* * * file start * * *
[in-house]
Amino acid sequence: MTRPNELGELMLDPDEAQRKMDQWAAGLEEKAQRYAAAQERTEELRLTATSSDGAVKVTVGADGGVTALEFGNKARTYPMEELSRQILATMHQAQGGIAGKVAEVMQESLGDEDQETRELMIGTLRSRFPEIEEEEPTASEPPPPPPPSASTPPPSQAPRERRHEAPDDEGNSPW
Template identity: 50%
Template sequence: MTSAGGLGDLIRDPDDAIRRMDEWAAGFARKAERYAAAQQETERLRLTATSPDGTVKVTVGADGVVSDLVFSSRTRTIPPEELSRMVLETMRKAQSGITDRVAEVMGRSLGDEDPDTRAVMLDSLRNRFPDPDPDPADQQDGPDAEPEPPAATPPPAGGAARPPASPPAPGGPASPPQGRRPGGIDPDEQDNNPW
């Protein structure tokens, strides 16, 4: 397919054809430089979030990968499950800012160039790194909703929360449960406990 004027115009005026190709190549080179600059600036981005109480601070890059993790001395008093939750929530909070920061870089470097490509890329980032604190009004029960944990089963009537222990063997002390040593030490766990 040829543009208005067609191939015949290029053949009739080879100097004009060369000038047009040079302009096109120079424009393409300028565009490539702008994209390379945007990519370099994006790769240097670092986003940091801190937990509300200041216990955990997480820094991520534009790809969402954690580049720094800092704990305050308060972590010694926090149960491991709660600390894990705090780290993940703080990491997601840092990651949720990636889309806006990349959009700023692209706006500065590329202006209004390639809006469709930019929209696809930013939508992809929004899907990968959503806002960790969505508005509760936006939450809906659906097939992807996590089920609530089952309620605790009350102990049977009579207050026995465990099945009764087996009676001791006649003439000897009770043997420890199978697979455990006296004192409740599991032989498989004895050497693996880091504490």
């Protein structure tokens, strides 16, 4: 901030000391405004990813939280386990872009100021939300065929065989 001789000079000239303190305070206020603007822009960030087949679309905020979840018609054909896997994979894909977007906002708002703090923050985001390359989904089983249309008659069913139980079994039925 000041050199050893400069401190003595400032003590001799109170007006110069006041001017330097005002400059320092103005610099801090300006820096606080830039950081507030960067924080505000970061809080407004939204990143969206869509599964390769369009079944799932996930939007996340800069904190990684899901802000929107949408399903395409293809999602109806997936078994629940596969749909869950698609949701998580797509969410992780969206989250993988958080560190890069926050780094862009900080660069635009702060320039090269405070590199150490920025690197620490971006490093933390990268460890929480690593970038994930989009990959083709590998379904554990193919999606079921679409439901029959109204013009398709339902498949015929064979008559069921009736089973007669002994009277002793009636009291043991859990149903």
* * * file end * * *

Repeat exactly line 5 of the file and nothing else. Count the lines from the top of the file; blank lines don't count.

């Protein structure tokens, strides 16, 4: 397919054809430089979030990968499950800012160039790194909703929360449960406990 004027115009005026190709190549080179600059600036981005109480601070890059993790001395008093939750929530909070920061870089470097490509890329980032604190009004029960944990089963009537222990063997002390040593030490766990 040829543009208005067609191939015949290029053949009739080879100097004009060369000038047009040079302009096109120079424009393409300028565009490539702008994209390379945007990519370099994006790769240097670092986003940091801190937990509300200041216990955990997480820094991520534009790809969402954690580049720094800092704990305050308060972590010694926090149960491991709660600390894990705090780290993940703080990491997601840092990651949720990636889309806006990349959009700023692209706006500065590329202006209004390639809006469709930019929209696809930013939508992809929004899907990968959503806002960790969505508005509760936006939450809906659906097939992807996590089920609530089952309620605790009350102990049977009579207050026995465990099945009764087996009676001791006649003439000897009770043997420890199978697979455990006296004192409740599991032989498989004895050497693996880091504490």